The scent glands of Opiliones: a review of their function.
Holmberg, Robert G.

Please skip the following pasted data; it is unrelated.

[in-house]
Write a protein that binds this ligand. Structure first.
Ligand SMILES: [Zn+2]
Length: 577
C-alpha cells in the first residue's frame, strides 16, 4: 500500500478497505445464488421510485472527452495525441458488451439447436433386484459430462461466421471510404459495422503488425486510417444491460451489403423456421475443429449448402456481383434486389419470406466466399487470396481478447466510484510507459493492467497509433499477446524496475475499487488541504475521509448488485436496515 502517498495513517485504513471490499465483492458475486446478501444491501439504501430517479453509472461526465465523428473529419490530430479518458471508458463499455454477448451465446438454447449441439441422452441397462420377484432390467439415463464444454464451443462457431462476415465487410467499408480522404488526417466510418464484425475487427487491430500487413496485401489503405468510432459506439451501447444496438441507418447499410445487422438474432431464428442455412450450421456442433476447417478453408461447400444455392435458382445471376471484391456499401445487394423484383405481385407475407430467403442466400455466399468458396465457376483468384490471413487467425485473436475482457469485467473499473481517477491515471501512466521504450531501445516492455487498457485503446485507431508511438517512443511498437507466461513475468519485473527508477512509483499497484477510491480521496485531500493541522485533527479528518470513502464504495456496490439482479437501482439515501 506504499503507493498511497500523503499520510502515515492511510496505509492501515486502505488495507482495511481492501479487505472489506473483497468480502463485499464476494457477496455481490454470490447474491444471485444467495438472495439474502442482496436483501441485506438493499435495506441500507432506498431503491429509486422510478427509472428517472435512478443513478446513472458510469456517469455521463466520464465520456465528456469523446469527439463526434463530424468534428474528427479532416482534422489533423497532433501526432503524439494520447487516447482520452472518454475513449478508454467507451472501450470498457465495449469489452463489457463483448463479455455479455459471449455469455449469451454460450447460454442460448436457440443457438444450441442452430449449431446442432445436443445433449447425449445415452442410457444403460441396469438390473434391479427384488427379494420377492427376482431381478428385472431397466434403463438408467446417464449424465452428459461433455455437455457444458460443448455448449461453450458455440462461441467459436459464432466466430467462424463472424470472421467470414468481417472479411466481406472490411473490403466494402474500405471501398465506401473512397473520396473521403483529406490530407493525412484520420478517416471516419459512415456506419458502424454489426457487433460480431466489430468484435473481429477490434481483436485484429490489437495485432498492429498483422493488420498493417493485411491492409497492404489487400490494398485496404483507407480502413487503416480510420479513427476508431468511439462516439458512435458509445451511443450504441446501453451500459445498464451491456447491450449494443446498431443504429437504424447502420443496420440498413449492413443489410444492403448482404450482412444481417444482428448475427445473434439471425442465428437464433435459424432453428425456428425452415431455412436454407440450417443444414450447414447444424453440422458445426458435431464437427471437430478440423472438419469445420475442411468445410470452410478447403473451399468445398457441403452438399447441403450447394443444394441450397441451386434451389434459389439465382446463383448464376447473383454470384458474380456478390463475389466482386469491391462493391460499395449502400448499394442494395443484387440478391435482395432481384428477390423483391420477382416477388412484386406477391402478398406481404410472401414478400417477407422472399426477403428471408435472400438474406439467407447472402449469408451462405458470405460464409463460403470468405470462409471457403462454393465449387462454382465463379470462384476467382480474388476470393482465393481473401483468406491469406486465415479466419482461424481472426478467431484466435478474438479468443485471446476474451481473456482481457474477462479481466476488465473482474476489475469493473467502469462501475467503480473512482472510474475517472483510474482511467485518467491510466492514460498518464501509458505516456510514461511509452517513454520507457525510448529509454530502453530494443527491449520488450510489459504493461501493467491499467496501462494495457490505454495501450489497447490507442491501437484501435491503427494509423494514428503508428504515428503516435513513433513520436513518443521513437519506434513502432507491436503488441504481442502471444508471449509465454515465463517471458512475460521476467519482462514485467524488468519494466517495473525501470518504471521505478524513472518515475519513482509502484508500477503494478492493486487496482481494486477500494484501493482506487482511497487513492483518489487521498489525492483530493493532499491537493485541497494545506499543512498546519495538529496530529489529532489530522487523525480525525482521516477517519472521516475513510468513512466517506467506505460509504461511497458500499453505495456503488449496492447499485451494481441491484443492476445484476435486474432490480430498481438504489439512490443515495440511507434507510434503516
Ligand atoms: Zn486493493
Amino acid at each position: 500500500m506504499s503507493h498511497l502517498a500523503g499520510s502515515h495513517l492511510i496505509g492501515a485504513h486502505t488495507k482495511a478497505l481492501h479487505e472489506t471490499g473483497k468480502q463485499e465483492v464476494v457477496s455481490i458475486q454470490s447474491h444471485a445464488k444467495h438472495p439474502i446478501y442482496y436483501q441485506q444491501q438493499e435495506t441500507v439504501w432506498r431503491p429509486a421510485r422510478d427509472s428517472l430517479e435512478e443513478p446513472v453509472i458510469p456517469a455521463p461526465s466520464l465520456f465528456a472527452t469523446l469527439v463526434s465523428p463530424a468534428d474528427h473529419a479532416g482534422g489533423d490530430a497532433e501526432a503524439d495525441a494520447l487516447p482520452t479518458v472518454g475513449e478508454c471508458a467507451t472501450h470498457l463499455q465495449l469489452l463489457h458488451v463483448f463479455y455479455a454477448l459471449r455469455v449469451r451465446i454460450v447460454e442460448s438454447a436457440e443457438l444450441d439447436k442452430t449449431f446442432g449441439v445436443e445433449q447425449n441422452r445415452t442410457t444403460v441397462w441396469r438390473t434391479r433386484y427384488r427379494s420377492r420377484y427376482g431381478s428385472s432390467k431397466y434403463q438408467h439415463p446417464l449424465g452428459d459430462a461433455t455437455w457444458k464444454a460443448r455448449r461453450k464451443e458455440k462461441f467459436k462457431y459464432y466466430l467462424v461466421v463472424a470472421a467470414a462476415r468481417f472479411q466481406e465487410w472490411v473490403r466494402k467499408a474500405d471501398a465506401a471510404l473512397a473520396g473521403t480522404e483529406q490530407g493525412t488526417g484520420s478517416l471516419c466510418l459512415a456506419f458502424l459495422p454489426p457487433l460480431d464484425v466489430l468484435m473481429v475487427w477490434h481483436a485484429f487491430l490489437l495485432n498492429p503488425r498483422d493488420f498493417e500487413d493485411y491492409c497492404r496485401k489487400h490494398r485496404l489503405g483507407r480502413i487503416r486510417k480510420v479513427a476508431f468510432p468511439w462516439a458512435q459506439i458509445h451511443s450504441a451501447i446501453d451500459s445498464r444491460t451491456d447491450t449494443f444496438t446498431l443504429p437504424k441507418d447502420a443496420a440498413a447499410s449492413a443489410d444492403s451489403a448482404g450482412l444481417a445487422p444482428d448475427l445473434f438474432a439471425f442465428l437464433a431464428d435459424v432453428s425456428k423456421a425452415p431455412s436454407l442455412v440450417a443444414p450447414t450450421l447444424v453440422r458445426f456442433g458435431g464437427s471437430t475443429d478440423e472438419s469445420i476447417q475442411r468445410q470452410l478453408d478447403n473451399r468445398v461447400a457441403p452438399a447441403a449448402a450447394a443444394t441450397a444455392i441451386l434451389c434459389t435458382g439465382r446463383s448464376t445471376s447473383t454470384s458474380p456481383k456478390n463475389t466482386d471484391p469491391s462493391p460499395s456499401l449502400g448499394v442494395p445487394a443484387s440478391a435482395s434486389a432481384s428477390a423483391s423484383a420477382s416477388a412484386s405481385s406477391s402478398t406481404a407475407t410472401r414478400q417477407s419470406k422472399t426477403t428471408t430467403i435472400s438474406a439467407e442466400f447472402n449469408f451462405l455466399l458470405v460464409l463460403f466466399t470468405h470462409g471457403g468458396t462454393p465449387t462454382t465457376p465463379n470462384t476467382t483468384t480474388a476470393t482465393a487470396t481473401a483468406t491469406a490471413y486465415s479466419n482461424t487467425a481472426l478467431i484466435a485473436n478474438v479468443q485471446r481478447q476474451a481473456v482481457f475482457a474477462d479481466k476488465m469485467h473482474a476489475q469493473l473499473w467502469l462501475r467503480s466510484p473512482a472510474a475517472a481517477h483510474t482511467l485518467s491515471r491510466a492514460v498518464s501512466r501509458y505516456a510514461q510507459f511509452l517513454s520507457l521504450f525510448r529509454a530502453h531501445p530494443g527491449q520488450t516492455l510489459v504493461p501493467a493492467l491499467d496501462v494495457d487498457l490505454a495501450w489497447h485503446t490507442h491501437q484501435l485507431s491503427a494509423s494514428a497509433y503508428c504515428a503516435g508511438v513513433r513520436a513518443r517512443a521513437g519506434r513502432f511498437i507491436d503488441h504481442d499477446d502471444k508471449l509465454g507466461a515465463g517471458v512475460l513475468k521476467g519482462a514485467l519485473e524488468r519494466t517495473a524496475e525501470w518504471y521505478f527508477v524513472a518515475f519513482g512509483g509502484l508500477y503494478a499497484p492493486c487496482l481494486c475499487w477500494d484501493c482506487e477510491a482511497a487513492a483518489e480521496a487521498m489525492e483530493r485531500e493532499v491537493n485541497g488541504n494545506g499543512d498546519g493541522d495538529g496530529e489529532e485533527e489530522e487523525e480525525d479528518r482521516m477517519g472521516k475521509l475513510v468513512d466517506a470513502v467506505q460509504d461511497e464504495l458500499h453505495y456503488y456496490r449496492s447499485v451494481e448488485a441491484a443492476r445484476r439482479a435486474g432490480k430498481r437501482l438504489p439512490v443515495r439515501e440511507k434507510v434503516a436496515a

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Opilionids are unique among the arachnids in that they possess a pair of glands that open dorsally near the lateral edge of the prosoma. These glands are variously called scent, odoriferous, repugnatory, or stink glands and generally have been considered as a defensive mechanism against predators. Theoretically, the glands may function in several ways such as in waste removal, protection from microorganisms, repulsion of predators and parasites, intraspecific recognition, and sexual, alarm, and aggregation behaviors. In actuality, only two functions have been proven-predator defense and aggregation formation. Many of the chemicals found in the secretions of scent glands effectively deter attacks by ants. Indeed some of these chemicals are ant alarm pheromones. Other evidence for predator repulsion is very fragmentary and often based on single observations. Though opilionids are typically solitary, some species form aggregations that may consist of thousands of individuals. In at least one species of Leiobuninae, scent-gland secretions promote aggregation behavior. As more work is done on opilionid scent glands, multiple